Sunday, 11 December 2011

Catalan kindness

A study in Catalan kindness




Mechanicals always suck...

Imagine you’re coming back from a five hour ride, it’s gone well with no back pain and you know there’s an olive oil fair in town that you want to go to to sort out Christmas presents for every female over fourty that you know (first press oil, soap, candles, glass jugs – these are a few of my (grandmothers’) favourite things). There’s an exceptional beer in the fridge (brewdog Tokyo since you’re asking) and the wind is behind you. The ride was fun, you met great new people and rode with equally great people you already knew. Sweet eh? You’re booking it a bit because, well Salou is a crapshoot at the weekends. You ride over a speed bump, out of the saddle and the bike makes a rather alarming CRACK. You think to yourself that you really ought to strip it down soon as something seems loose. Then you hear a tinkle, and you look back as you sit down. Noticing your SLR lying in the road you abort the sit down movement just before receiving 3 inches of carbon where you really don’t want them and pull a U turn. Things have gone from sweet to sour.

An hour later I’ve ridden fifteen k standing up, I’m in decathlon where we’ve drilled out the bolt which had snapped in the middle of the seatpost, taking the thread with it. The seatpost has straight up fused in the frame so you can’t get it out. I use carbon assembly paste but apparently you only need to put clear coat on a post up to halfway, the loer part had swollen inside the frame. And we can’t find a bolt to replace the broken one because Italians like to use really obscure thread diameters (7mm anyone?). Half of the staff in Decathlon is stripping bikes looking for said bolt. But it’s not there. Not in the fishing reels we looked over either. After 90 minutes we’ve hacksawed out the old bolt, drilled out the other end (in the seatpost and forced it down into the frame) and I still can’t find a 7. So I set off home, with my necklace holding my saddle to the toptube! Despite 3 members of staff wasting over an hour, 2 hacksaw blades, numerous bolts and a lot of sweat, I’ve not been able to pay them a thing. It seemed like there was nothing to be done, my luck was out and with tomorrow being Sunday and two more holidays this week, I was unlikely to get this fixed for a long time.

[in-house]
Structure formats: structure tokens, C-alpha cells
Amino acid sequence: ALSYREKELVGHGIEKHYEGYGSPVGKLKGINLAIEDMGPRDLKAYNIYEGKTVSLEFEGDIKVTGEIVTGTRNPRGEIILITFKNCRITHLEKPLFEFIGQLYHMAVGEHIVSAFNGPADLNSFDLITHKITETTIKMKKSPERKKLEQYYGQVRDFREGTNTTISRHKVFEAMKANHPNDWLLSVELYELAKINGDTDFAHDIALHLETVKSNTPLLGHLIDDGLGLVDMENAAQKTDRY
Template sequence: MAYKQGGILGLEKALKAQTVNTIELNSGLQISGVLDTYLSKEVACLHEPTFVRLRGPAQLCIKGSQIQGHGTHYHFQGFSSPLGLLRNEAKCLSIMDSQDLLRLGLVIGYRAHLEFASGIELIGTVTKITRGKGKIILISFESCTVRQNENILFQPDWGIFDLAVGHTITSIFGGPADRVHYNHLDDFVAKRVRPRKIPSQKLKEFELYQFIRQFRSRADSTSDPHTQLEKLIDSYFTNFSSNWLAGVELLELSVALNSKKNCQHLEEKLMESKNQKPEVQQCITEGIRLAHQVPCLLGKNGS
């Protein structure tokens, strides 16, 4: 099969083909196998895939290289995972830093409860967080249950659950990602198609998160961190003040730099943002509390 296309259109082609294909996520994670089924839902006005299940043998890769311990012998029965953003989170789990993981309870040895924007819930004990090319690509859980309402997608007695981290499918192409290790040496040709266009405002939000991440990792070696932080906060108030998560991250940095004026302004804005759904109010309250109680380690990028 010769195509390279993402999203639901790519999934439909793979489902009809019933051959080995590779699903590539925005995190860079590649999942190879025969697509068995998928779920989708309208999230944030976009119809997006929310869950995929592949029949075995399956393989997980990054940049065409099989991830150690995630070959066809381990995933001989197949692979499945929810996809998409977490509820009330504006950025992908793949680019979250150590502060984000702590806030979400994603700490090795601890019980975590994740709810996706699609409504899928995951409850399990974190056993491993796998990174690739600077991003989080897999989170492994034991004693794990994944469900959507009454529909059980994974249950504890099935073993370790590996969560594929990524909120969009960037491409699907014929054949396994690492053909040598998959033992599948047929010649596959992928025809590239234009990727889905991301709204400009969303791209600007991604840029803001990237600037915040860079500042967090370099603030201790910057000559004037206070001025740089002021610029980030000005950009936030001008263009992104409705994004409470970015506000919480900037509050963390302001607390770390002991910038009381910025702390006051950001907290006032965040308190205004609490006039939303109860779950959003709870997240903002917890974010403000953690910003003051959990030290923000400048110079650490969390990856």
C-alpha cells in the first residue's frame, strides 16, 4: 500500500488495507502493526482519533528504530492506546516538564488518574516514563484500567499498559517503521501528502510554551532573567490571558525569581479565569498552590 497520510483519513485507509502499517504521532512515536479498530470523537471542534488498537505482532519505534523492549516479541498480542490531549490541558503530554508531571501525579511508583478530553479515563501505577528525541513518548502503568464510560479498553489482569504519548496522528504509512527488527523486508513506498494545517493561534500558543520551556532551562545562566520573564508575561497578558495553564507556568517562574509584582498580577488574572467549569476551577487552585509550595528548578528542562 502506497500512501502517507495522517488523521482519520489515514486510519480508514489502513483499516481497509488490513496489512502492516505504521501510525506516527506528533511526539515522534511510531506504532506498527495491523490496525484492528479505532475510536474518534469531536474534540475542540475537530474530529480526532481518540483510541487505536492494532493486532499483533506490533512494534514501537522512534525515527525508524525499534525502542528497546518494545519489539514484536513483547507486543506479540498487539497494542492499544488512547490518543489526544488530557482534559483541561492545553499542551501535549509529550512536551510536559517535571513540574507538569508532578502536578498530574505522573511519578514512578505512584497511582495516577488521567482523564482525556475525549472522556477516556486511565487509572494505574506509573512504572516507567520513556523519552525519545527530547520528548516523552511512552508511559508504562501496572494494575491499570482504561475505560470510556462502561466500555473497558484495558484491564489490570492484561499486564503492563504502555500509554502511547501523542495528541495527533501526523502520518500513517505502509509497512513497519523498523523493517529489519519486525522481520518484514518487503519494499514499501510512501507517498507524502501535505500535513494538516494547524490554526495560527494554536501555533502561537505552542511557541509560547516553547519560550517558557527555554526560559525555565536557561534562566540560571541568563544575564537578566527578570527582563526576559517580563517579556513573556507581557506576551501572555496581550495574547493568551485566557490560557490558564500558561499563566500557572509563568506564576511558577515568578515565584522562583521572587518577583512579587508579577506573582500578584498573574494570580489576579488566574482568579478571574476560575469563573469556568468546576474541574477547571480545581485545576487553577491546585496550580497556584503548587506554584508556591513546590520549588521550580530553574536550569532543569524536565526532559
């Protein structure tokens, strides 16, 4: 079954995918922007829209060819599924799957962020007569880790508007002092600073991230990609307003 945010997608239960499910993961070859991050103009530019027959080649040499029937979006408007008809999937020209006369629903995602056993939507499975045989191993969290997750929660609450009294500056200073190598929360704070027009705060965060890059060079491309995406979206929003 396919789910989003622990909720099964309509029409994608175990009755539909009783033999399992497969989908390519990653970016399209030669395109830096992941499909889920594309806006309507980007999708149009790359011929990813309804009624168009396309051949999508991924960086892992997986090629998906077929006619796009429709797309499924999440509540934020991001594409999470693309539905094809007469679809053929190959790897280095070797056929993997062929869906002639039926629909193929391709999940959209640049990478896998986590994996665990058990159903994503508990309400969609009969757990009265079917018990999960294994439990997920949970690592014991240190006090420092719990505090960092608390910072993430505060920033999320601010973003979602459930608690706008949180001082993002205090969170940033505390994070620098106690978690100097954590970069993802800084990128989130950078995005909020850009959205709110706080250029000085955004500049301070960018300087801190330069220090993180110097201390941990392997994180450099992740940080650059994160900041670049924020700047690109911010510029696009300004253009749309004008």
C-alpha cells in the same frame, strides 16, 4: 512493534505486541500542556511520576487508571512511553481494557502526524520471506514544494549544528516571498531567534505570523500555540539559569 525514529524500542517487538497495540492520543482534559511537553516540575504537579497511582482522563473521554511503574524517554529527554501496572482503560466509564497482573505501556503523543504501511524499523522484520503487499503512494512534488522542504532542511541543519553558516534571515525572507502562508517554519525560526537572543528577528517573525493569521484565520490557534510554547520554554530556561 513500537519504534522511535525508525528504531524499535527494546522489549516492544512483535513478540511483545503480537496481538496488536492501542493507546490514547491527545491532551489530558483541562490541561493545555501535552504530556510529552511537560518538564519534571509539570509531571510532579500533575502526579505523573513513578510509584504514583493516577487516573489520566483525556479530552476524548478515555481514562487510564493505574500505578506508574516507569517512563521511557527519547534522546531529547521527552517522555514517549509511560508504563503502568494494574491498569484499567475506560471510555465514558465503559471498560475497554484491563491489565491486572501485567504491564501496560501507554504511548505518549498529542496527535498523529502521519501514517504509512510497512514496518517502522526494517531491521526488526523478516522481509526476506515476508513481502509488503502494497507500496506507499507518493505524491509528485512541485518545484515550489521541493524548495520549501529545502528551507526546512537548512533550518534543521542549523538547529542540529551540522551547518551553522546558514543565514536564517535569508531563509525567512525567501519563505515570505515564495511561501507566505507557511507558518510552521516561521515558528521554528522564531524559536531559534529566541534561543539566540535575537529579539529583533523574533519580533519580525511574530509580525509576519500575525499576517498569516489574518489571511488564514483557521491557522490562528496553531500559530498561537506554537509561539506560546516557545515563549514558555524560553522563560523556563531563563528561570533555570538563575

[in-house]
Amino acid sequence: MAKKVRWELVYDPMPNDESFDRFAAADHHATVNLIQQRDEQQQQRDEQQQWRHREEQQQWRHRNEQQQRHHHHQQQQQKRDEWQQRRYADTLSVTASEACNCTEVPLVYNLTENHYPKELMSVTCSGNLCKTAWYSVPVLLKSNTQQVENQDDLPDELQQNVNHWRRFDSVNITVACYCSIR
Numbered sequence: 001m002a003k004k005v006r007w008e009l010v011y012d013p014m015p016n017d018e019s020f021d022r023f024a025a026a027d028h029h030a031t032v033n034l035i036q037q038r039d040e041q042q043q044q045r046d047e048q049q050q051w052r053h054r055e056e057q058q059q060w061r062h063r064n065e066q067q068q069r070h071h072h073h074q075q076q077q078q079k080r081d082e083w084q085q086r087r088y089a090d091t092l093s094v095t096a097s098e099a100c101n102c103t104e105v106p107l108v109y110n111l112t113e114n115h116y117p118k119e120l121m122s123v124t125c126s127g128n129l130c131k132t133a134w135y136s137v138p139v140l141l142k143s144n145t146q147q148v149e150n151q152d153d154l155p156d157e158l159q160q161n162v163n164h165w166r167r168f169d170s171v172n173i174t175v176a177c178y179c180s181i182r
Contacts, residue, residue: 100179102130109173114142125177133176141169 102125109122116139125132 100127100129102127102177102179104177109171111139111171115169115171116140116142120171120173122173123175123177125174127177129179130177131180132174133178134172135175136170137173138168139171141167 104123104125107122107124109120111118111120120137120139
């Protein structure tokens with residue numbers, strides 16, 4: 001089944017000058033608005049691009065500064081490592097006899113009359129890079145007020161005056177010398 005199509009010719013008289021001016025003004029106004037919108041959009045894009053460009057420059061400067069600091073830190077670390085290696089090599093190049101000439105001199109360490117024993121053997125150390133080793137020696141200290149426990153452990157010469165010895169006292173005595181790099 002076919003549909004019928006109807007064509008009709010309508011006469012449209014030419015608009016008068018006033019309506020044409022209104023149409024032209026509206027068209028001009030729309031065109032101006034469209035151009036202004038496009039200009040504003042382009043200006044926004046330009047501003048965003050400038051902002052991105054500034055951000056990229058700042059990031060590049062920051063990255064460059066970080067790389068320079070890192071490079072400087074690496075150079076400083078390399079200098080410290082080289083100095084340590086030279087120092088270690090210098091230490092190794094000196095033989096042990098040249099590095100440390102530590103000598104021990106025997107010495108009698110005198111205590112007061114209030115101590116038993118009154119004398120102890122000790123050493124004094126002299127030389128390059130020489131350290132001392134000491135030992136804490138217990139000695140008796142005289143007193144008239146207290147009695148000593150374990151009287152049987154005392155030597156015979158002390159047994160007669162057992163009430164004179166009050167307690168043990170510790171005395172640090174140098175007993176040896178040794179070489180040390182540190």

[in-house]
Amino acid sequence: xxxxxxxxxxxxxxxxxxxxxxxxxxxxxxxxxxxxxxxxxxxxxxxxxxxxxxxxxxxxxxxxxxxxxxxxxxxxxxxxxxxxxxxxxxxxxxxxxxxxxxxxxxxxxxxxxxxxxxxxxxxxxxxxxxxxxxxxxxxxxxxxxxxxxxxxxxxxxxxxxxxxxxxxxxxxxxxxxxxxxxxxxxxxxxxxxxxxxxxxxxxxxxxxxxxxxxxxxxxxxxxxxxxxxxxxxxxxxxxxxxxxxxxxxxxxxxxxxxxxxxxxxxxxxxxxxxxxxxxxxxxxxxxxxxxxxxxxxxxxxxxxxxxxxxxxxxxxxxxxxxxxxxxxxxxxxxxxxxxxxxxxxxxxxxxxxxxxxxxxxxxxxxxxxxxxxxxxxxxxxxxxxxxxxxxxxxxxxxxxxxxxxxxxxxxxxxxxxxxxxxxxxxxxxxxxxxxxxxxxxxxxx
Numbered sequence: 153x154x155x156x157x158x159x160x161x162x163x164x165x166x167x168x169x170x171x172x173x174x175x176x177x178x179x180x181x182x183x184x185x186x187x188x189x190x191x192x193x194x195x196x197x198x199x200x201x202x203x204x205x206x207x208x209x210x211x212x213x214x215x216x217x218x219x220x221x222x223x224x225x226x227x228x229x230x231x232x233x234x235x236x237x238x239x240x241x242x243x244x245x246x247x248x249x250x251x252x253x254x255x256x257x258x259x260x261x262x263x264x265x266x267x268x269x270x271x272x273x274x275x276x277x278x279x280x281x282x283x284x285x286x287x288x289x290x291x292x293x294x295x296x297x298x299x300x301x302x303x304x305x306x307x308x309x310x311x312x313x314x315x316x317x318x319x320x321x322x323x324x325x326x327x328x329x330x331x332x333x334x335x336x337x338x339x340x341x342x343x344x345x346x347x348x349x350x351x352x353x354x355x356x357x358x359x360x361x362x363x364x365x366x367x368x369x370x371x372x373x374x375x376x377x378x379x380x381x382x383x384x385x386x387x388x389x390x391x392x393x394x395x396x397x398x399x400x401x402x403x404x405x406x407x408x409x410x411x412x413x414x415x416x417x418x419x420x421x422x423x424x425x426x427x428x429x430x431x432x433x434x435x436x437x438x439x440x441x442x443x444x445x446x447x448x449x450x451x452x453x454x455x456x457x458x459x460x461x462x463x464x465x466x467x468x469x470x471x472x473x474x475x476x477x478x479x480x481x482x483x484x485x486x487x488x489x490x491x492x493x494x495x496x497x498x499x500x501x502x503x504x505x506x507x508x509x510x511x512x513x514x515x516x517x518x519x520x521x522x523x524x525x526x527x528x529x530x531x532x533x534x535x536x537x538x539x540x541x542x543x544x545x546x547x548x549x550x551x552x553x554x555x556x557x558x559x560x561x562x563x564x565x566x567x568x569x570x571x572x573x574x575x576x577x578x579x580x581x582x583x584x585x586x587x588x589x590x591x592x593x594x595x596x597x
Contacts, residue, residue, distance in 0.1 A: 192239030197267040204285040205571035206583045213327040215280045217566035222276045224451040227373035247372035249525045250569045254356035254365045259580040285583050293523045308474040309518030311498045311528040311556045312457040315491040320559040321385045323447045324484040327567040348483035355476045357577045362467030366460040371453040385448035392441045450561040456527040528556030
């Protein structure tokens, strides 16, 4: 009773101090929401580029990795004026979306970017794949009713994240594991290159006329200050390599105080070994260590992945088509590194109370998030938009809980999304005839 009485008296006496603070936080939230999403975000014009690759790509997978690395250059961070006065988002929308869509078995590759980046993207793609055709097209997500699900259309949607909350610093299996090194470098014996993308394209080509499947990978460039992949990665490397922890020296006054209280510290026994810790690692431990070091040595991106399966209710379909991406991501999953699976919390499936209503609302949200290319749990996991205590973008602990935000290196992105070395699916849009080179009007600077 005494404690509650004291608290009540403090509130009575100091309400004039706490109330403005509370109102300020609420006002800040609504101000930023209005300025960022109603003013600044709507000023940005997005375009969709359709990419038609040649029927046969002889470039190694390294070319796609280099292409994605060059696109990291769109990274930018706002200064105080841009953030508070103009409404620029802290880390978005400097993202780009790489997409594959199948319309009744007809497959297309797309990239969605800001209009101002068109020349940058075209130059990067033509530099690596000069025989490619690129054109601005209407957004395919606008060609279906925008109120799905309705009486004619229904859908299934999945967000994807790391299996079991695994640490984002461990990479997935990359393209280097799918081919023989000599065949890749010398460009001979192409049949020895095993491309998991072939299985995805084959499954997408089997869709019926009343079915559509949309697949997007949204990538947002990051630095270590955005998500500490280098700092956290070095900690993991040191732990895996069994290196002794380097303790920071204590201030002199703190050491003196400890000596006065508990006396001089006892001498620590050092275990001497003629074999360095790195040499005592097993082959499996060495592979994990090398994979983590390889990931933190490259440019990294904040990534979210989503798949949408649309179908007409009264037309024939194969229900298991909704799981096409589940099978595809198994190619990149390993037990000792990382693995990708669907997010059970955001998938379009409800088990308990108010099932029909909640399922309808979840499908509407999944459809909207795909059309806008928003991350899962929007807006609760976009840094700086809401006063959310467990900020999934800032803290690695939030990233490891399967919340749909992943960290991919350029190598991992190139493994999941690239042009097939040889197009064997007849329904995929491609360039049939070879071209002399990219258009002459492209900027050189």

Whilst riding home, bmx style, I stop at a second bike shop, wala Tarragona. The mechanic is an ex pro track rider, we chat as he looks everywhere for the 7mm bolt he remembers seeing the other day. We find it and celebrate with high 5s – until it turns out to be a 7.5mm bolt. Fortunately, one thing pro track riders have over me (well one thing most adult males have over me) is upper body strength. Anti seize and biceps are applied to the post and it came out, success. The till gets shut down while we reboot the pc to find my cyclefit documents – a lifesaver. As I was doing this the mechanic set about stripping my mechs, cleaning my chain and sorting out the shifting on the new cassette I’d put on that day. The bike was remade and I was about to be on my way, when I realized that, typically today was the day I’d forgotten my card (in my defence I had to get up really early to meet a group ride). No worries they said and sent me off home, I left my sunglasses as a deposit. I returned and paid a grand total of twenty Euros. Less than the cost of the post.

I made new friends who I’m going to ride with soon and shared stories of life on the road. We discussed the wind, the local climbs and the reasons why anyone would put a triple on a road bike. We talked about teams, my track riding friend had hurt his knee and his team decided that was a great reason to hurt his bank balance as well, I can commiserate. We wondered what would happen to our friends on Geox and what would happen to our country in the economic crisis. Ultimately I wasn’t the highest value customer, I got about 24 man hours of attention for my twenty Euros but that’s exactly what made Saturday such a high value experience. We’re all the same as cyclists, we all love riding our bikes, even if some us have wider tyres or even silly straws on our handlebars. It’s what we share that makes the sport great, and it made me really happy to see this embraced. These guys could have turned me away, charged like a rhino or laughed at my plight but they didn’t. They saw a fellow rider in a fix and sorted me out, they went above and beyond their commercial relationship with me and became friends. Don’t get me wrong there are places in the US that would and have done this for me but there are also places that wouldn’t. This is the bank of Karma paying out, and I’m going to make sure I put in some more deposits next time I see another rider punctured by the roadside or struggling in the wind. You should do the same, we might be in crisis here but our karma account is definitely in the black.






-yep typed it with my thumbs: they're what makes us better than apes

Location:Calle de Ramón y Cajal,Tarragona,Spain

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